It is known in the prior art to form tacks or nails with heads of various different configurations for decorative purpose and it is also known that such different decorative configurations include upholstery nails with conical heads. However, those nails are not designed to be released from locking mechanisms and the problem of dropping, as described above, is not so prevalant with those nails, because they are used only once and are not unlocked for repeated use as are the fastener elements of this invention.

SUMMARY OF THE INVENTION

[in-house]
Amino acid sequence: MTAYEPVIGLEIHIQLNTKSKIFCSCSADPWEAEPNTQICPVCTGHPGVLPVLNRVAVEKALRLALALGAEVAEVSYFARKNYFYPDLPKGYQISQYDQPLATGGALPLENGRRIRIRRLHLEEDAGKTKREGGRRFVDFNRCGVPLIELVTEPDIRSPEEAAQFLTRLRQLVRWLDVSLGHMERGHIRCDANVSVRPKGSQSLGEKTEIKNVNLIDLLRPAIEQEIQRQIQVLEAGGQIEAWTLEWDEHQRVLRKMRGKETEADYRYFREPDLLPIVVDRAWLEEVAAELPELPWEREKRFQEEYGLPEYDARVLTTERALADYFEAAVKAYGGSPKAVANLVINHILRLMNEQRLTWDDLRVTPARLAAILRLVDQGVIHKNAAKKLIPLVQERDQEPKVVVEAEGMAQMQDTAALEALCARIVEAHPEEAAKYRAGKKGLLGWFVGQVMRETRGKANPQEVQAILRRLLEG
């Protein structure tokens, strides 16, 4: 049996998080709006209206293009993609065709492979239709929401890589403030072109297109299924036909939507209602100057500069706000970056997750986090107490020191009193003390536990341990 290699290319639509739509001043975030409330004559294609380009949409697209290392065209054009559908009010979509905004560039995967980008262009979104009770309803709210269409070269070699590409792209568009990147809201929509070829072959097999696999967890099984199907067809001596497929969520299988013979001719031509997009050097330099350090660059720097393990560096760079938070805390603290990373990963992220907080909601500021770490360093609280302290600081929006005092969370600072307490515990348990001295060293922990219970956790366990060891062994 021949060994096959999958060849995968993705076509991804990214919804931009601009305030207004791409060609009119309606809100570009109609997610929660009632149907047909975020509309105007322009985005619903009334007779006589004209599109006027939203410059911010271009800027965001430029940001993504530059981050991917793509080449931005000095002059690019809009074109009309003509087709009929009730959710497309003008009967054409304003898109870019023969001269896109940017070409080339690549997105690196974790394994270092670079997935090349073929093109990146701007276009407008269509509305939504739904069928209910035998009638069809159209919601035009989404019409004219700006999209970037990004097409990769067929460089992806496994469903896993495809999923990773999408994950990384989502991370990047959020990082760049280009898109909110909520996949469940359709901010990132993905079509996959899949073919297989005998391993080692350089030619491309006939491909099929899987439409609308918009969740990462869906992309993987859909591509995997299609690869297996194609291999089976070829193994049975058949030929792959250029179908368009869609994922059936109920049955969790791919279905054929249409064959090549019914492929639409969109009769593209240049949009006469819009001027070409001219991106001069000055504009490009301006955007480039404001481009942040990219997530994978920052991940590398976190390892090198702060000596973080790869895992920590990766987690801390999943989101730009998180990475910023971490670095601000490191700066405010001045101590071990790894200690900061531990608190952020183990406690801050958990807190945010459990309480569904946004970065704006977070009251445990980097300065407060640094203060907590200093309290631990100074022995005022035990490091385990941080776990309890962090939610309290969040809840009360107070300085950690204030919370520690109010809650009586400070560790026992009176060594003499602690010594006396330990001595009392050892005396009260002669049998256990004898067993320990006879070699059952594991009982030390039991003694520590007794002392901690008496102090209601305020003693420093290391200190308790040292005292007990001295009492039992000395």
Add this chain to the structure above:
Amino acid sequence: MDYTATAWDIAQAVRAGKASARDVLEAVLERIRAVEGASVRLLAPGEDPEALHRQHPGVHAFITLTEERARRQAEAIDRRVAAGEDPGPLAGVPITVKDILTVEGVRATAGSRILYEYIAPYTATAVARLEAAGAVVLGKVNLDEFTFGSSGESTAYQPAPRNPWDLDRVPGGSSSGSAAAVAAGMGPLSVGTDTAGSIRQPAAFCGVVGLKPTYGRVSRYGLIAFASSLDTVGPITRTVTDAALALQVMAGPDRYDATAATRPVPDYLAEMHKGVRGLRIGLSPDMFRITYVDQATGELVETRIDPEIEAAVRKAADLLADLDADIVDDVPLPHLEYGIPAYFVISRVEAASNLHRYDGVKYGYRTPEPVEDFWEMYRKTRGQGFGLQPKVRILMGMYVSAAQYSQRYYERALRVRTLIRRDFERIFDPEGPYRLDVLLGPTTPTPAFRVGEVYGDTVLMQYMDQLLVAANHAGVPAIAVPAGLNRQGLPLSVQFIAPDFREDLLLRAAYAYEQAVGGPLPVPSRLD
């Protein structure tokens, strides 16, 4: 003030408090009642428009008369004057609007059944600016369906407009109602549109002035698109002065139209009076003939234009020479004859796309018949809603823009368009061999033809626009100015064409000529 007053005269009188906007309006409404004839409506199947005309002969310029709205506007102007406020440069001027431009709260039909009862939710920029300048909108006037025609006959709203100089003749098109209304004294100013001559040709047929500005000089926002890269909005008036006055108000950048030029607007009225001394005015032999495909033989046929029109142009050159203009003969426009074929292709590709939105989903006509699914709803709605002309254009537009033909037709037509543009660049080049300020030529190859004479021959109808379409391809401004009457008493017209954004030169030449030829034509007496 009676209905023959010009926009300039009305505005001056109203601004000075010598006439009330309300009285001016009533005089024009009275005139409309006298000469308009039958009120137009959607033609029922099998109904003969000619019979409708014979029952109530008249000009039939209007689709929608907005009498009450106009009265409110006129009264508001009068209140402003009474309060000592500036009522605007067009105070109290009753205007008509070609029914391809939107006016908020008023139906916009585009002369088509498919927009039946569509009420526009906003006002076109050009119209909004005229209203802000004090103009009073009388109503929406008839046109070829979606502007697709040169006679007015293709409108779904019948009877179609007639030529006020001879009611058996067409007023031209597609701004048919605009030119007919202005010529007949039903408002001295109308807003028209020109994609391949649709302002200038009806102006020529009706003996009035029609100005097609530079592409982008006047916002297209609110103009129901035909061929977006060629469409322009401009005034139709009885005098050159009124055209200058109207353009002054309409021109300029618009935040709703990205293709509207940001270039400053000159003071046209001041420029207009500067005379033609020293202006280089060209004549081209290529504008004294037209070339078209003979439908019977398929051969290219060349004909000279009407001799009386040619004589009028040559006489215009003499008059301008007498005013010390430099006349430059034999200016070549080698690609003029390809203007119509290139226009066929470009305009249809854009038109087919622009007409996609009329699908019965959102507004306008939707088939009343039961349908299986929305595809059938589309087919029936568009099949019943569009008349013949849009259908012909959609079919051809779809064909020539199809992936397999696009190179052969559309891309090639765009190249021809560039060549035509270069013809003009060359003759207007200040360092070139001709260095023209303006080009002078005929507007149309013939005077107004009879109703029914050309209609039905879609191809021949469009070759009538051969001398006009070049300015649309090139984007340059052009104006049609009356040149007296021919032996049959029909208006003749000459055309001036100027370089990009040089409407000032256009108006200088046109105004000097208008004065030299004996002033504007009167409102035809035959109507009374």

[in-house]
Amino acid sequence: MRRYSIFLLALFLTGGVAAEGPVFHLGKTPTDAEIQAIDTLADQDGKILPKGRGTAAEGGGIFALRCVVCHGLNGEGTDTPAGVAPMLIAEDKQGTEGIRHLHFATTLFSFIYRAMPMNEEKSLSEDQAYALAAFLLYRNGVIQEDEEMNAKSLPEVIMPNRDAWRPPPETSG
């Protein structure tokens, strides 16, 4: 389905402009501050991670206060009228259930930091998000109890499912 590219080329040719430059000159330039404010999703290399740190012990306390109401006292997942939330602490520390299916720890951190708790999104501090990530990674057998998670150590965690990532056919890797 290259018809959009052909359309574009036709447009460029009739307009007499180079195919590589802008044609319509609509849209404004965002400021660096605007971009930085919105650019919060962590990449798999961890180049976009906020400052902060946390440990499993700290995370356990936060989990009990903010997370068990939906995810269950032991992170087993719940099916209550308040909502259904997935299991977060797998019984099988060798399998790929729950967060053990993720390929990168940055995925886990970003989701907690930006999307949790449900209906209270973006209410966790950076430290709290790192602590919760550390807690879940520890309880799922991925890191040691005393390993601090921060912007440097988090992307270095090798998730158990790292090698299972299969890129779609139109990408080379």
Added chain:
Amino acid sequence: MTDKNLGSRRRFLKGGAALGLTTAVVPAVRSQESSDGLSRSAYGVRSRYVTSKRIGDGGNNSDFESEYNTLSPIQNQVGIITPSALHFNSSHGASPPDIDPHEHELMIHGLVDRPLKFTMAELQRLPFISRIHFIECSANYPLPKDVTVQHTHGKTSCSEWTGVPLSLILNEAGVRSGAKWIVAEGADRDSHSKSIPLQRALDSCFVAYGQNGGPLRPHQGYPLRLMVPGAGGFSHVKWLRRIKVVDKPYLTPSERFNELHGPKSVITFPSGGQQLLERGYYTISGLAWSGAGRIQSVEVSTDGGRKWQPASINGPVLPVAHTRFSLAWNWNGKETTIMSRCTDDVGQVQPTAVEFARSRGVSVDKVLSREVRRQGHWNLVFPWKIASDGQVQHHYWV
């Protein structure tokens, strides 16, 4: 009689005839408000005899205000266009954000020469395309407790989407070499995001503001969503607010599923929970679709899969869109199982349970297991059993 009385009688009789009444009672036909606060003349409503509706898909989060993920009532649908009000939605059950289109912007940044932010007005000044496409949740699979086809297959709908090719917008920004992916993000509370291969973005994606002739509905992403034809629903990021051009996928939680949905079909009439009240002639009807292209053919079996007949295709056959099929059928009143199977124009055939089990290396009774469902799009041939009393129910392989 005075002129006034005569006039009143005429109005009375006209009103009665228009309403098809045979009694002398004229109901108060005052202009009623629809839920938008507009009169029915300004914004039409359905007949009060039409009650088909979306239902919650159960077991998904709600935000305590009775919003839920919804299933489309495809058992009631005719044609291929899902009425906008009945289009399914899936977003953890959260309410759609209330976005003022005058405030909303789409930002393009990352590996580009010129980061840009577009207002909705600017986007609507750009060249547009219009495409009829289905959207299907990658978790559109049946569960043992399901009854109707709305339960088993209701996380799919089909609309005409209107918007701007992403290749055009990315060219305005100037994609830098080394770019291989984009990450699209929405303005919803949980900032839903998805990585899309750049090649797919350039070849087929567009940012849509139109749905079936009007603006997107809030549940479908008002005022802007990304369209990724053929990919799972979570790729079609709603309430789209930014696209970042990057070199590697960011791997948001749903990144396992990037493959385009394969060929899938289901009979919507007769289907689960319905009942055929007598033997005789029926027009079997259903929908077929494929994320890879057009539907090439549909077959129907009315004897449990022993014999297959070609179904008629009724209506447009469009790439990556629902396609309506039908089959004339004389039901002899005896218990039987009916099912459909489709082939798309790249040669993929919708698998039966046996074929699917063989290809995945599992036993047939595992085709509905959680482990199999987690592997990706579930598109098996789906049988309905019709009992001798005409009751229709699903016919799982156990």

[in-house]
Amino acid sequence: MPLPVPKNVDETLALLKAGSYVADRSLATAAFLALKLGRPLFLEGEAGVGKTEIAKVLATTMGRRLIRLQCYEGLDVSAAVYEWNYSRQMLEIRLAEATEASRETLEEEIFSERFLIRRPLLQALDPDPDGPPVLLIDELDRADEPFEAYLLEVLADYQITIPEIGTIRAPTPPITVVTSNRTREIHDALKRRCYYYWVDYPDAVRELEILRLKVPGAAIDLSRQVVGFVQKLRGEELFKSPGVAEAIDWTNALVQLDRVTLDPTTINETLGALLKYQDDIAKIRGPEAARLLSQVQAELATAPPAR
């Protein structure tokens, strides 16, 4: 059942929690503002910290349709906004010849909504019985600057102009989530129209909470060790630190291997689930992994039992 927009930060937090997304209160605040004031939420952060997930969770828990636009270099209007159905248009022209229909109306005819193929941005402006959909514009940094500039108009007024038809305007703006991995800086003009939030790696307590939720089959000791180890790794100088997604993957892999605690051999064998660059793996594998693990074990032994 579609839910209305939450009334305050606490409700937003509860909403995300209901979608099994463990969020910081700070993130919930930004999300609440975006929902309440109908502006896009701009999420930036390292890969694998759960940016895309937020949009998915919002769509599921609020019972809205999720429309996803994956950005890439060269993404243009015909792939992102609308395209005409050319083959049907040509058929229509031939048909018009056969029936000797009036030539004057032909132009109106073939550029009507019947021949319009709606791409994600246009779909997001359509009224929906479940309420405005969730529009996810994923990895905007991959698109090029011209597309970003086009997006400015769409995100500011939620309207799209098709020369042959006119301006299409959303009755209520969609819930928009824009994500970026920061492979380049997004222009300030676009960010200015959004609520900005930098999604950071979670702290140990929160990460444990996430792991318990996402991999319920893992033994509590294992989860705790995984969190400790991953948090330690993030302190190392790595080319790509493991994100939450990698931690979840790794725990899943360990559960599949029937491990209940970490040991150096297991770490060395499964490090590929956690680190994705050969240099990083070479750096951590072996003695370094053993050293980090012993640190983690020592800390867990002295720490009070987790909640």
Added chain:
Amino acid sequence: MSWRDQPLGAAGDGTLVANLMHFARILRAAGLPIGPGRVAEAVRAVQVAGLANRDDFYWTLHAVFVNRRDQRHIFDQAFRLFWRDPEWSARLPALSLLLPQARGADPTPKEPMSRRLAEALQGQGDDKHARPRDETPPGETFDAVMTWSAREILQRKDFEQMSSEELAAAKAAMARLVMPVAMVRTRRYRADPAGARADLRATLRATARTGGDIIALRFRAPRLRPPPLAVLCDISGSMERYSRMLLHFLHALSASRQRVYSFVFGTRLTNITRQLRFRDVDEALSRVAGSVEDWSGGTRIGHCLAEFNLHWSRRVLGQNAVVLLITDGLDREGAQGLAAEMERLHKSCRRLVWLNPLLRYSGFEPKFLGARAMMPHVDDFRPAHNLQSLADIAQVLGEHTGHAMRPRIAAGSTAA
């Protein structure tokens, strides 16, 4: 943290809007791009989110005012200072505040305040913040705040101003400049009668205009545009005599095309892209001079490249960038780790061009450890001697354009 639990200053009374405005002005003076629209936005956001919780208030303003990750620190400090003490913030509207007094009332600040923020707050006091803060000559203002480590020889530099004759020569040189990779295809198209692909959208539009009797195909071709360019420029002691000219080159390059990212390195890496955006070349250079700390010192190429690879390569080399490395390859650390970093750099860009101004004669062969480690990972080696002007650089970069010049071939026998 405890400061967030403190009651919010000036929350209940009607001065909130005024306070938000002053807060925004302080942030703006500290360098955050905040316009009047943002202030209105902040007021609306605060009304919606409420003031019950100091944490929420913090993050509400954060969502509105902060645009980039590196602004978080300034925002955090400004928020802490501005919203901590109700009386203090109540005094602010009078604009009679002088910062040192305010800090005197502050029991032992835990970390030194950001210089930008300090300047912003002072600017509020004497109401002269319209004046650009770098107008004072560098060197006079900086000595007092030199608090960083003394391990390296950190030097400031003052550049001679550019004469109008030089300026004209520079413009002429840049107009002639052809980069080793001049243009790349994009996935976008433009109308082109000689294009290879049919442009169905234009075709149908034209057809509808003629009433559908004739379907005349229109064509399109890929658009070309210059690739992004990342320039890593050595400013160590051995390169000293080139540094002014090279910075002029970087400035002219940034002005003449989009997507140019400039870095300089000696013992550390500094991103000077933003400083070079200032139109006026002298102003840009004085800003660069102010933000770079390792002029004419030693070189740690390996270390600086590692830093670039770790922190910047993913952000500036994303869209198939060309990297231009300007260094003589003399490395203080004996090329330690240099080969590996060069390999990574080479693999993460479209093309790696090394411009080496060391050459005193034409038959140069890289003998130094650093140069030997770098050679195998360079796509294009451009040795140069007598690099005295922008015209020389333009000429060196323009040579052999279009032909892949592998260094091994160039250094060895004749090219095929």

The present invention, in one aspect, provides a novel tack-like fastener element for releasably attaching plastic wafers to articles of merchandise. This novel fastener element comprises an expansive head and an elongated pointed shank securely attached to and extending out from the head. The pointed shank is configured for releasable attachment to a locking mechanism on a plastic wafer. The head has a conical outer configuration with an apex angle less than ninety degrees and a rounded tip. The center of gravity of the fastening element is located substantially farther away from the rounded tip then is its center of curvature. When the fastener element is dropped onto a horizontal surface, it will come to rest with its point extending either in a downwardly slanted direction or in an upwardly slanted direction less than forty five degrees from the horizontal so that, if the tip of the shank is pressed down upon, the point will tilt downwardly without appreciable resistance; and, if stepped upon, will not penetrate into one's foot.